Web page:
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Managing pig flows when harvest capacity is restricted

10 June 2020, at 9:09am

If you review efficiency trendlines and reductions in carbon footprint over the past 20 years in the pork industry, you can’t help but be excited by the strides we’ve made. Unfortunately, with the pandemic turning our world upside down, we now have to put the brakes on production and restrict performance of live animals as processing plants are slowed or halted.

That goes against our grain, but we need to adopt strategies that recognize today’s harsh reality — that there could be anywhere from 2 million to 4 million pigs above the weight throughput of a plant, a dire situation that leaves no choice but to euthanize market pigs.

There are, of course, a number of options to explore. Each has advantages and disadvantages, but in the end they all increase cost of production by reducing throughput. The arguments for one strategy or another change daily and are made with tremendous uncertainty. Let’s review the short-, intermediate- and long-term strategies that are available.

Where to begin

Each strategy begins with evaluating your current harvest weights, normal average daily gain and reductions in daily kills over the next 8 to 16 weeks. Most harvest plants can handle carcasses from up to 240 to 259 pounds. We think processing plants will struggle to get back to full capacity and may be further challenged as our projected harvest numbers for Q4 elevate above the anticipated normal harvest capacity. It’s therefore important to utilize your current harvest weight and inventory to project when you will be at the restrictive weights.

A host of strategies can be employed to reduce daily gain and extend the window for harvest.1 These include feeding a 97% corn diet (the anticipated reduction would be 50% or greater), adding 4% calcium chloride (anticipated reduction of 60% to 70%) and bulking up the diet with fiber from such ingredients as dried distiller’s grains (DDGs) or soy hulls. In our area (southern Illinois), DDGs are the most logical option to increase fiber. In other geographical areas, wheat mids, corn-germ meal or soy hulls may be a strategy. One caution with the addition of high DDGs: The iodine value in the carcass will increase and may trigger a discount. Mycotoxins also can be problematic if DDGs contain higher levels of vomitoxin or zearalenone from the previous harvest. Increasing stocking density reduces average daily gain and can actually improve feed conversion.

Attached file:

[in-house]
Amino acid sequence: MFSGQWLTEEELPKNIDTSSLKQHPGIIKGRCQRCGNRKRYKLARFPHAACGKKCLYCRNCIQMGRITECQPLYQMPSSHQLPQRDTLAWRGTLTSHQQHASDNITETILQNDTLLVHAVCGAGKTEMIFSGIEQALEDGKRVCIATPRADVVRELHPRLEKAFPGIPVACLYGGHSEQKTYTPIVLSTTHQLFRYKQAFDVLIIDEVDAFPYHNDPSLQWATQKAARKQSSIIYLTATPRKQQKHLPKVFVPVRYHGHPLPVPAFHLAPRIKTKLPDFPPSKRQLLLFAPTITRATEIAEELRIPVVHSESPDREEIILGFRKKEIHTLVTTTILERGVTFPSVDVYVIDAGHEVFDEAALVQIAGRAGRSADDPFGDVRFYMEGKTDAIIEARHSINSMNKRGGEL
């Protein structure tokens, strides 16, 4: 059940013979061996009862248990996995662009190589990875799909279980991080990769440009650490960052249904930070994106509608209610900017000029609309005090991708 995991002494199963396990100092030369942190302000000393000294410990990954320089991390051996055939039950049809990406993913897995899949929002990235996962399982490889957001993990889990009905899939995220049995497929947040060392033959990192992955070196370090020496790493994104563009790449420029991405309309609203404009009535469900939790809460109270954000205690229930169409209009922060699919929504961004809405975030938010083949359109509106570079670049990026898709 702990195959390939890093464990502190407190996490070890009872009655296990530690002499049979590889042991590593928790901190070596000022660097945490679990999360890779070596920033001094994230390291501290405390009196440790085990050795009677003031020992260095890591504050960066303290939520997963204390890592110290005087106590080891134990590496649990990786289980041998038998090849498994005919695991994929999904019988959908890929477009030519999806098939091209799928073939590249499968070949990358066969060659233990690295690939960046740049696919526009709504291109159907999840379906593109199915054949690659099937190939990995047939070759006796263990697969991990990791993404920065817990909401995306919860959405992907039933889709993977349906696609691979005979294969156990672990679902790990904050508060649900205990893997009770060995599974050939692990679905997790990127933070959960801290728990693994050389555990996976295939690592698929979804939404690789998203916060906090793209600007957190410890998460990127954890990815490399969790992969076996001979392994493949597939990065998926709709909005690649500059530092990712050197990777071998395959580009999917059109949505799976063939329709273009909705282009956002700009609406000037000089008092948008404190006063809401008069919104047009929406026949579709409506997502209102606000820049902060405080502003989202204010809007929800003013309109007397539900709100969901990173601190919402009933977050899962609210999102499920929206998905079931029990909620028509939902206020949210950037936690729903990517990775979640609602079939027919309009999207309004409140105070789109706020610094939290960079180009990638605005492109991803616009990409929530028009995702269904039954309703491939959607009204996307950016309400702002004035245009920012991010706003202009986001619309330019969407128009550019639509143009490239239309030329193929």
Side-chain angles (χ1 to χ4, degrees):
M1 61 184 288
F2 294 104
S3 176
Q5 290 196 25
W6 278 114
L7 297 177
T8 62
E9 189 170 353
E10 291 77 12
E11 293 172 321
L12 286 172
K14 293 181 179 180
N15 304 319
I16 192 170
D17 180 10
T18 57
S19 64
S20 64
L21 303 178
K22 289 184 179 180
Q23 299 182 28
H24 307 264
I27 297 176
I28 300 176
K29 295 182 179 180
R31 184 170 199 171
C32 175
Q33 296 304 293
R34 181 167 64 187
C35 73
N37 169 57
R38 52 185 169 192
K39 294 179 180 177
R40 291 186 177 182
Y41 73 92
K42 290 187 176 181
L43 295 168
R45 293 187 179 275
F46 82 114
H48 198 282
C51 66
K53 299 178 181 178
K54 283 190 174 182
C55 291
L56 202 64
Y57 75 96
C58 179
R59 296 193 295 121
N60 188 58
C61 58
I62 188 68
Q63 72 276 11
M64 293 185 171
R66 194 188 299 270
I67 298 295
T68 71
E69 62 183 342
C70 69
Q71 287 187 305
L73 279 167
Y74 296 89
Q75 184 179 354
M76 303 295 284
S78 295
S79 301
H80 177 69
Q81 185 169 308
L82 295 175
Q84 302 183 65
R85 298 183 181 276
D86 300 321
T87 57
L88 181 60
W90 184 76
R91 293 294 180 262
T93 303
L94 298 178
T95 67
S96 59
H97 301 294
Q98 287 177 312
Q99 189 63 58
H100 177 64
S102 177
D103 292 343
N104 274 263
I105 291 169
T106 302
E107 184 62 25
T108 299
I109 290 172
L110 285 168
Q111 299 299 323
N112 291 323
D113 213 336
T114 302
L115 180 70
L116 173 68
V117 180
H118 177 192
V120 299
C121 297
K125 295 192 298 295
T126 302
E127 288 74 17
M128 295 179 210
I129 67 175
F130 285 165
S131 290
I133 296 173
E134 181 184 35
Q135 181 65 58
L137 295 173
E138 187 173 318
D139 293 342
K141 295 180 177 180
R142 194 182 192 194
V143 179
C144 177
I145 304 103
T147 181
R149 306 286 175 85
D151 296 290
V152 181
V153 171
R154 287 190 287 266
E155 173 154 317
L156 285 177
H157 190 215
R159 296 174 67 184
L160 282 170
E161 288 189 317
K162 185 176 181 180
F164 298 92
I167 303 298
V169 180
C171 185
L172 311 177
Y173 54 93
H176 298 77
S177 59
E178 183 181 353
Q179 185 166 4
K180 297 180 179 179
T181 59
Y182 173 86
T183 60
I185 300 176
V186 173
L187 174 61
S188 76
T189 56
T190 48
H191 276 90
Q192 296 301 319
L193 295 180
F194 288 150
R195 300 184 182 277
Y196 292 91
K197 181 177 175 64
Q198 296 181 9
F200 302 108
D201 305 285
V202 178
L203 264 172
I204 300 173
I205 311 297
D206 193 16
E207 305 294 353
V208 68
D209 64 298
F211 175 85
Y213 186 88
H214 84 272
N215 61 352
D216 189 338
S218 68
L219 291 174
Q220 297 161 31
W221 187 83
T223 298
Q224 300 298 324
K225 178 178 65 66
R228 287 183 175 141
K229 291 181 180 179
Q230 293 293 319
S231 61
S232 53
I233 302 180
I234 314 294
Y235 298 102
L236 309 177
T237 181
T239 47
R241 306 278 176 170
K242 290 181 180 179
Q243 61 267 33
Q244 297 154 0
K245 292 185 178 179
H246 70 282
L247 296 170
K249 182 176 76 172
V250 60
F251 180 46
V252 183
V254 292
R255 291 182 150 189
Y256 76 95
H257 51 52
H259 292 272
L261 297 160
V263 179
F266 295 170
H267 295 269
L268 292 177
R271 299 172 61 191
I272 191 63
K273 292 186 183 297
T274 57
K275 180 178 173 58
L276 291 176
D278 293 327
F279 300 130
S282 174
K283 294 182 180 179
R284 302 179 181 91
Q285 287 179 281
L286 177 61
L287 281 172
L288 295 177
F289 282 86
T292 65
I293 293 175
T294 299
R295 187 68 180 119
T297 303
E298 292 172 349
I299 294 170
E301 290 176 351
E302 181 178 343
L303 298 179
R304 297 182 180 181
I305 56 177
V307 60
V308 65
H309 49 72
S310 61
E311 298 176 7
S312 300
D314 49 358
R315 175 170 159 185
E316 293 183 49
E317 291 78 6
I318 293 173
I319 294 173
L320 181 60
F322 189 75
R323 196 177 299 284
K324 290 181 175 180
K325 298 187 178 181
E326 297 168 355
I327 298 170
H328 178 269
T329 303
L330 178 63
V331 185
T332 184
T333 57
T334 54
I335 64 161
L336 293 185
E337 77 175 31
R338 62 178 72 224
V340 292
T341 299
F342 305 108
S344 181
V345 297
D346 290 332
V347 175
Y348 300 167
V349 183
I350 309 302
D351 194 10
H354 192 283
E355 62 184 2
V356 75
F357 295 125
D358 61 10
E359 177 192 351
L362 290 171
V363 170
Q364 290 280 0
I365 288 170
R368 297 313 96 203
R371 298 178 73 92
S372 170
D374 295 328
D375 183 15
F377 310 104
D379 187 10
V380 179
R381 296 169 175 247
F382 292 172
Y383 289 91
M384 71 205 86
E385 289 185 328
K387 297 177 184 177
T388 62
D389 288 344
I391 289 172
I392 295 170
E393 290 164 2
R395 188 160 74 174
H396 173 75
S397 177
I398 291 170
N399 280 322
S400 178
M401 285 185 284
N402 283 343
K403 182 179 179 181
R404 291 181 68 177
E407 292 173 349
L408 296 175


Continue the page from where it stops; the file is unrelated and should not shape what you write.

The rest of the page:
Restricting feed access

Reducing feeder openings causes the animals to require more time to eat and thus can marginally limit growth. General recommendations are to provide 40% pan coverage. If this is reduced to 20%, you will have a restriction in growth.

My preference is to tighten the feeder settings themselves rather than to entirely shut off a feeder hole because it will slow the occurrence of vices. Turning feeders completely off and then on again may not be a good strategy because it increases labor and promotes more aggressive behavior around the feeder. Pigs do not respond well to complete feed interruptions unless they are less than 12-hour interruptions.

Increasing barn temperature, which normally occurs during the summer, will reduce feed intake. Every 2 degrees (F) above the pig’s thermoneutral zone is estimated to reduce feed intake by 0.1 pound per day.

Stocking rates

Intermediate decisions revolve around finding additional space for overstocking wean-to-finish barns. Common double-stocking is effective for 7 to 8 weeks post-weaning as long as adequate water and feeder space is provided. When barns remain double or triple stocked past their square footage and/or water or feeder availability, vices will increase. Finding additional finishing capacity at a time when the industry needs the additional capacity is not likely.

Secondly, the finishing spaces that are available are generally ones that have underperformed. Even though the reduction in average daily gain is linear with respect to space, there is a threshold where one expects vices to increase including ear biting, side biting and tail biting.

Long-term decisions focus on the probability of when harvest capacity will reach normalcy or margins will improve to sustain our businesses. These strategies include reduction of sow inventory. This option is not readily available today because of the sow-harvest capacity and the likelihood that heavy slaughter pigs will be diverted to sow-kill facilities. Producers can stop breeding sows for a period of time, terminate pregnancies or euthanize suckling pigs. These all reduce inventory, but they do so at different time periods and help to stagger harvest. These strategies can have a profound effect on the morale of a production staff that has been focused on excellence.